In the fall of last year, I was contracted to build a small 8×16 timber frame wood shed and it was a great opportunity to get back to the ol’ chisel and mallet. I love this type of work — the materials, the scale, the tools, and the workflow feel so good. In my first post about the shed back in November, I shared some photos of the building process. Here are a few more pics of the raising and the finished shed.
8×16 Timber Frame Wood Shed
All the timber for this frame is locally sawn poplar, sourced just down the road from my home in fact. We cut most of the joints with hand tools, with the exception of some kerfing with circular saws and boring a few holes with an electric drill. The raising was quite simple, thanks to the small size of the timbers themselves (6×6) and the finished bents.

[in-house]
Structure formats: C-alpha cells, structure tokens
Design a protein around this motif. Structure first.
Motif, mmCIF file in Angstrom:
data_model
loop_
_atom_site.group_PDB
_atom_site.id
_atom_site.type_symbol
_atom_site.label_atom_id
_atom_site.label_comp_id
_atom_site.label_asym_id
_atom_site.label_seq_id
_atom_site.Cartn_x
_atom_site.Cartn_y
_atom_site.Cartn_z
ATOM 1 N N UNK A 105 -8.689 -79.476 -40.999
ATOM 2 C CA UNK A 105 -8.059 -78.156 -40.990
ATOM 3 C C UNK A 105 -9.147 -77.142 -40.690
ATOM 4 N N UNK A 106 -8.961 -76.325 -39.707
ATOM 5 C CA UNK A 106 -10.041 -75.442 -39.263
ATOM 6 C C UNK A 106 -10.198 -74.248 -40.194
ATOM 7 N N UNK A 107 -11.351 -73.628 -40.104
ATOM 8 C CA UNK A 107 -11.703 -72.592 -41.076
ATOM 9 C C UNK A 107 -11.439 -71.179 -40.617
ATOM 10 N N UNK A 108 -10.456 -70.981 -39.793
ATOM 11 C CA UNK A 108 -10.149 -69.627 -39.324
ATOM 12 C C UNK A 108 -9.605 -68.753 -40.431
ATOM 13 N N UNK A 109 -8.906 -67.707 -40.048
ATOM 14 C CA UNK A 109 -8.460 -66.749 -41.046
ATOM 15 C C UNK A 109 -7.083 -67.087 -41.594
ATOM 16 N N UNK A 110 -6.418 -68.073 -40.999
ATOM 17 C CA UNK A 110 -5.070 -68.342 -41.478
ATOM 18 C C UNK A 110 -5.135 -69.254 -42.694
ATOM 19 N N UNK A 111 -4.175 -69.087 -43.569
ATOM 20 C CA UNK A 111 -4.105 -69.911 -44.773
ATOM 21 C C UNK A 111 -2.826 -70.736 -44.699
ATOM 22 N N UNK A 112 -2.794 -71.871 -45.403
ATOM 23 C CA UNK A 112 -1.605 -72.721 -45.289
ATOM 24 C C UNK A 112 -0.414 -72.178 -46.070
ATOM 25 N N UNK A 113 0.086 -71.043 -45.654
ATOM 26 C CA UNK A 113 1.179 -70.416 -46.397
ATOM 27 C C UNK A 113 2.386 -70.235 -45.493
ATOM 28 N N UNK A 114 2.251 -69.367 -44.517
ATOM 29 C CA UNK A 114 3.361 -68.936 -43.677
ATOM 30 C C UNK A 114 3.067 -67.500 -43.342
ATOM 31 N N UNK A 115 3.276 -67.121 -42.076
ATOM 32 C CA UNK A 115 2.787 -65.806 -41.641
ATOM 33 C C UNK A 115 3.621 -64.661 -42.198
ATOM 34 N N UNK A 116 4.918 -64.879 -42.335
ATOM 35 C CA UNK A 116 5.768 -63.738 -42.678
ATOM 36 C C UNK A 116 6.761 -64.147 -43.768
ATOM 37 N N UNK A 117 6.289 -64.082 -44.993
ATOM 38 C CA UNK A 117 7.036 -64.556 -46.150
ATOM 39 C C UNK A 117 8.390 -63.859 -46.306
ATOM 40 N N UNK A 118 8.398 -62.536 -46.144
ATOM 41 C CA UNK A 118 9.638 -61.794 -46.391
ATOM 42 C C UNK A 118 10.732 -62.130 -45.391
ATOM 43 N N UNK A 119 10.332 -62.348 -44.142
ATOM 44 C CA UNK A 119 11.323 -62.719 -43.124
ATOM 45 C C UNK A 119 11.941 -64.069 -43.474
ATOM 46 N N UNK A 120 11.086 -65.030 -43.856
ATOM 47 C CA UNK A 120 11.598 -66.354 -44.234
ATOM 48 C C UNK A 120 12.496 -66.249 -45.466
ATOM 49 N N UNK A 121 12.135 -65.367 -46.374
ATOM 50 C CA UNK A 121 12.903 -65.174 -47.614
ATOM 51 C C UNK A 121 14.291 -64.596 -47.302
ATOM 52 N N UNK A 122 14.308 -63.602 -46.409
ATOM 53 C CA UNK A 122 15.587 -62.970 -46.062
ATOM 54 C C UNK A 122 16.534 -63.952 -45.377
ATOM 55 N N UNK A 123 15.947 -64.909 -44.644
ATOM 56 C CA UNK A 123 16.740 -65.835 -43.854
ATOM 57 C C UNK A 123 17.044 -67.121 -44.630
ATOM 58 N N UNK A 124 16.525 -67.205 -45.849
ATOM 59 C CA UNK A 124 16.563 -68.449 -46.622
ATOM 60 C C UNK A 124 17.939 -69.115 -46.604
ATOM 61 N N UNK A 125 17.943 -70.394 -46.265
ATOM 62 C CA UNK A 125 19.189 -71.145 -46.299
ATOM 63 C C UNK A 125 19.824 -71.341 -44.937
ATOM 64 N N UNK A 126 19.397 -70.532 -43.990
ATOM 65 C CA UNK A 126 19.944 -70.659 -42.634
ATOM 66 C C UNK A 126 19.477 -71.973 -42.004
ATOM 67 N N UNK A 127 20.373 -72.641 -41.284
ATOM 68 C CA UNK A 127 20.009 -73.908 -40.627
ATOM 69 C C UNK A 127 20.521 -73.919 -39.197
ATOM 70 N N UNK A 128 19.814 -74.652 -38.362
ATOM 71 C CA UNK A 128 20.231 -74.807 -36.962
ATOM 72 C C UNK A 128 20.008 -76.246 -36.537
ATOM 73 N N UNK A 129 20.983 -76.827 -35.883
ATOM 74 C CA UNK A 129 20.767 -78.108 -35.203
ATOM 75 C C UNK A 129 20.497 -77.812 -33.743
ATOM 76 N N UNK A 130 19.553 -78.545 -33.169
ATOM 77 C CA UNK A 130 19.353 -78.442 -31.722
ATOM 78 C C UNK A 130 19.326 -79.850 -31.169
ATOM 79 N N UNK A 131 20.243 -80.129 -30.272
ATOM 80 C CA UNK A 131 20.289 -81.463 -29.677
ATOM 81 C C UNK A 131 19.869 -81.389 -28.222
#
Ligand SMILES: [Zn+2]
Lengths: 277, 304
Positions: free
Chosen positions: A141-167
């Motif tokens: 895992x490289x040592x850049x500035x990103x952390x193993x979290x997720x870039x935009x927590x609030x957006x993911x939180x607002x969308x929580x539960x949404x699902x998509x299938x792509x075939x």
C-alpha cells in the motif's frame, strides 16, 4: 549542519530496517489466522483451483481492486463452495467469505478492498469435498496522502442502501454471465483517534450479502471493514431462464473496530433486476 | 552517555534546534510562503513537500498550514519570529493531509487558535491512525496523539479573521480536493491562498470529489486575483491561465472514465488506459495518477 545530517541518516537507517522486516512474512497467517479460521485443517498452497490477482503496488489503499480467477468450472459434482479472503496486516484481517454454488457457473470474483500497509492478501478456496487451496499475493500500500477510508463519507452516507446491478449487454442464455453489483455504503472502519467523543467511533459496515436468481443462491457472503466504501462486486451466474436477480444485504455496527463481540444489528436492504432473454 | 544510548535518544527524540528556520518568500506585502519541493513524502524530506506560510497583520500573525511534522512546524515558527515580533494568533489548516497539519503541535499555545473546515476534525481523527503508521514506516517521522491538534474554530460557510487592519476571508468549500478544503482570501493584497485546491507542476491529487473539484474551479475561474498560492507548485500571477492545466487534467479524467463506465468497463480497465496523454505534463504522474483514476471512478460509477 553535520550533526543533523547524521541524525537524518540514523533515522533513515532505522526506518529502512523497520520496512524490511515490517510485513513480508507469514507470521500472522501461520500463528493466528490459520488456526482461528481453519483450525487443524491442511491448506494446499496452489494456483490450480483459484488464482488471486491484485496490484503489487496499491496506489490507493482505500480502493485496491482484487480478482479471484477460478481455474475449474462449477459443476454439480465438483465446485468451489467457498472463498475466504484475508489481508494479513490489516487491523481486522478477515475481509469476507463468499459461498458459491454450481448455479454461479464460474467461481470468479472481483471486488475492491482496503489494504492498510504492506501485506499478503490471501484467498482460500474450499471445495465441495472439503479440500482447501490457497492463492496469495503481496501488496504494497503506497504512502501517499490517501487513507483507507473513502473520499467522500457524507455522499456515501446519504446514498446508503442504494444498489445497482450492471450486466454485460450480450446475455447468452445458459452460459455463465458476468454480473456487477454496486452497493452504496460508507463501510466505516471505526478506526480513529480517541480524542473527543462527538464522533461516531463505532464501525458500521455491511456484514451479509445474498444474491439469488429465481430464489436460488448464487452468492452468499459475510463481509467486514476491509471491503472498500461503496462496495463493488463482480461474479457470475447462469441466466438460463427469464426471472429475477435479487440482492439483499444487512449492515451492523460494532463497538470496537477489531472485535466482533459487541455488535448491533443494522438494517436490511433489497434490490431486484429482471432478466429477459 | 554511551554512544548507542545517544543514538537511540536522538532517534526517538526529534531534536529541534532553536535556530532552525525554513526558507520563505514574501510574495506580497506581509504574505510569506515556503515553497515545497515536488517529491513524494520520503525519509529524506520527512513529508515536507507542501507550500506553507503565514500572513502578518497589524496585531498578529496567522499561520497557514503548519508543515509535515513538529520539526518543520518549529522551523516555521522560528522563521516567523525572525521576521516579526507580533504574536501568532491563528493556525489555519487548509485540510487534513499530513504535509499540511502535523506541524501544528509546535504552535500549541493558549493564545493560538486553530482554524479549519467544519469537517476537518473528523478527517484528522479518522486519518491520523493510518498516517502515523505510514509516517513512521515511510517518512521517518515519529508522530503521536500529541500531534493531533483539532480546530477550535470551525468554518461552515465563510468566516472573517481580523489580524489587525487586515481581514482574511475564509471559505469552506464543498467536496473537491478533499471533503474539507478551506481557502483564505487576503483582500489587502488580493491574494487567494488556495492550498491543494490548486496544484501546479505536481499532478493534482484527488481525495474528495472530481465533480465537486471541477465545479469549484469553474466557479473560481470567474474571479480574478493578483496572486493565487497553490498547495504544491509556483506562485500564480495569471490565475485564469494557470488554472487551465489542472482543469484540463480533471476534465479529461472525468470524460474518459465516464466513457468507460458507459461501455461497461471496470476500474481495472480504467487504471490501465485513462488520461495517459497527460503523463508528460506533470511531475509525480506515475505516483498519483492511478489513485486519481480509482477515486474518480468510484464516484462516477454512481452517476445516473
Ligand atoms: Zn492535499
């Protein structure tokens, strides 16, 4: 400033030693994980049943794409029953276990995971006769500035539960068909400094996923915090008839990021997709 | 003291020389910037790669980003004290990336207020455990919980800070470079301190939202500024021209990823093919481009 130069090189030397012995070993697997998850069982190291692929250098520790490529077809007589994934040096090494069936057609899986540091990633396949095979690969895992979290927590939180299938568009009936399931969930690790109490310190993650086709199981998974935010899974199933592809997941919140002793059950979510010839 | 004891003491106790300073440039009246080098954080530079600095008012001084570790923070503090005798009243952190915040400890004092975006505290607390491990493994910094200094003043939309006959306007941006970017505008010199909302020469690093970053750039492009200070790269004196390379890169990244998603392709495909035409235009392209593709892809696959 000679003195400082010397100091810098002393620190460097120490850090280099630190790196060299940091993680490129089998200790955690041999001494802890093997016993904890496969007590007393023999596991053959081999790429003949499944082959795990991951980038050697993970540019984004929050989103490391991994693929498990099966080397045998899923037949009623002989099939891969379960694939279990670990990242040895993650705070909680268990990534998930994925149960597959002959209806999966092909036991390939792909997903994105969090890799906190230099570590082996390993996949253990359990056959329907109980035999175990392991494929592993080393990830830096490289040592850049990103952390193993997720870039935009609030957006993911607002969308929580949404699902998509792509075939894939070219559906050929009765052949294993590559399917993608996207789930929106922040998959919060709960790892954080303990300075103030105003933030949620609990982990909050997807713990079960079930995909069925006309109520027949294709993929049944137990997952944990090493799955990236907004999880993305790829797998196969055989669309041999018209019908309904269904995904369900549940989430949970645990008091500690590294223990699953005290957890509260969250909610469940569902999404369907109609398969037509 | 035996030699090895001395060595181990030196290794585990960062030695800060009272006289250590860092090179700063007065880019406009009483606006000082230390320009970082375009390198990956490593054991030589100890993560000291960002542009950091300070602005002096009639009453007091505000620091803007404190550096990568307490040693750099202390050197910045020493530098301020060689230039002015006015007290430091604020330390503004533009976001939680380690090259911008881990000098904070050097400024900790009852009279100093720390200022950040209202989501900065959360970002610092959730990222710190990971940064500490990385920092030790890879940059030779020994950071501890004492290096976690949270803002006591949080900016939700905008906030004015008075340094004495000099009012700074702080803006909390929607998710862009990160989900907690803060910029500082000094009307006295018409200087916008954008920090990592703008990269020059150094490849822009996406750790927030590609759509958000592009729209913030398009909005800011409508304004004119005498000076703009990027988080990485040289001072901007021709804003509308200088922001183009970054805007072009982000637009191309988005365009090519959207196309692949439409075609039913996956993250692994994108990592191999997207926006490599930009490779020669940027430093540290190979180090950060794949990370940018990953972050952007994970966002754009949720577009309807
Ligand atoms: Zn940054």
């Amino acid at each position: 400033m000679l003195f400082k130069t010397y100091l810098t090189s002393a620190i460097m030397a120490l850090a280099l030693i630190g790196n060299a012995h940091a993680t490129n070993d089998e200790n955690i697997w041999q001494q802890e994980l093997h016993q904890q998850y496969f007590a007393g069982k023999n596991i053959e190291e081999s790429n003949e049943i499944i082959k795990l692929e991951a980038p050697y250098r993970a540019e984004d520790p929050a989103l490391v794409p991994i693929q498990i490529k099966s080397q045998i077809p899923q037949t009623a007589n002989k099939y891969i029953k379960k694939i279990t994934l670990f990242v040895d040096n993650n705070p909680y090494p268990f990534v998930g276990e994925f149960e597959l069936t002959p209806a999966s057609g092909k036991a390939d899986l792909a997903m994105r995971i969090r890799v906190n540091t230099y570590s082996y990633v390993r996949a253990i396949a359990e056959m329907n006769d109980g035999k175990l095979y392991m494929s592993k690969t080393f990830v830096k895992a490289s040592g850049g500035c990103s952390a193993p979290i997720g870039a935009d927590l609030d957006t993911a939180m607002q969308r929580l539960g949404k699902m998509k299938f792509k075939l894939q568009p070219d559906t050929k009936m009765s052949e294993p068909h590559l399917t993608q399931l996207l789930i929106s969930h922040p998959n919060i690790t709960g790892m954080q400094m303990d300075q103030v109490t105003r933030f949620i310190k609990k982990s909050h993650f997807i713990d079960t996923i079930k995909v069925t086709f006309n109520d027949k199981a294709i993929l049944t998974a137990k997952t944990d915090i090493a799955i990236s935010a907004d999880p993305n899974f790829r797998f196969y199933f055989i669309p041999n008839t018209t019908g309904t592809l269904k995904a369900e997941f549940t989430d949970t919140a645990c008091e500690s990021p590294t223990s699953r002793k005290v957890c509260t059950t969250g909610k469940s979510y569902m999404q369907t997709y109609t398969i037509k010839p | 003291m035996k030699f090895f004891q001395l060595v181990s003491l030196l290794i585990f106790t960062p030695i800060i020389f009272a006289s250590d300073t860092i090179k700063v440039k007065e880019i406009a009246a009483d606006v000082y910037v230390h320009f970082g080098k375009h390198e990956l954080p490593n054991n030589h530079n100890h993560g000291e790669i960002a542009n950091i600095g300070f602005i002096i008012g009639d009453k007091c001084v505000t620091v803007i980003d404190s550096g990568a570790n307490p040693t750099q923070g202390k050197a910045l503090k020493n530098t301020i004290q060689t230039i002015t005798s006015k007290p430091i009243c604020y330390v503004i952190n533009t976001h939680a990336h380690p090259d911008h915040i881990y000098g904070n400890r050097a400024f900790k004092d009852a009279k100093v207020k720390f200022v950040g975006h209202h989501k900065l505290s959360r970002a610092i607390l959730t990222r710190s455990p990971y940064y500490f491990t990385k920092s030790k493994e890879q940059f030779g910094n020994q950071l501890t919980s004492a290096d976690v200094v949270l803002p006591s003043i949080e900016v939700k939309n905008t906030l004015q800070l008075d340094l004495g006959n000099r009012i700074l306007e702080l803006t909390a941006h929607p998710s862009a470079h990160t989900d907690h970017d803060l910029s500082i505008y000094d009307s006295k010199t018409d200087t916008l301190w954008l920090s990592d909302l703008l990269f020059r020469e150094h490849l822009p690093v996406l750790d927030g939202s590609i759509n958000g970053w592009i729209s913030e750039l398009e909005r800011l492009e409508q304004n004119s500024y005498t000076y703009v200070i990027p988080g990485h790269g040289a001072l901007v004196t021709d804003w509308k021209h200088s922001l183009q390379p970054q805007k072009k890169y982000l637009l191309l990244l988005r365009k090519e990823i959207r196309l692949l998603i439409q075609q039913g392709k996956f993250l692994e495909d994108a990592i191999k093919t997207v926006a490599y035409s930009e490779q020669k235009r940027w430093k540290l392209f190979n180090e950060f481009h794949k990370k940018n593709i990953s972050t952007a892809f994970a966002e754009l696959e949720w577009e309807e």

The biggest challenge was lifting the 20′ long top plates onto the bents, but even that wasn’t so bad. It lined up beautifully and we persuaded it into its final resting place. Thank goodness for scaffolding!
For this project, I actually ordered some 1″ white oak pegs from the Northcotts. The quality of the pegs is exceptional and their prices are ludicrously cheap. Every peg went in like a dream.
I’m pretty pleased with the rafter end detail — simple, attractive, and it matches the beam ends nicely too.
Eventually the whole shed will get spaced siding. Fin!
By the way, if you want to learn this invaluable skill for yourself, be sure to check out the details for our Timber Frame Workshop coming up.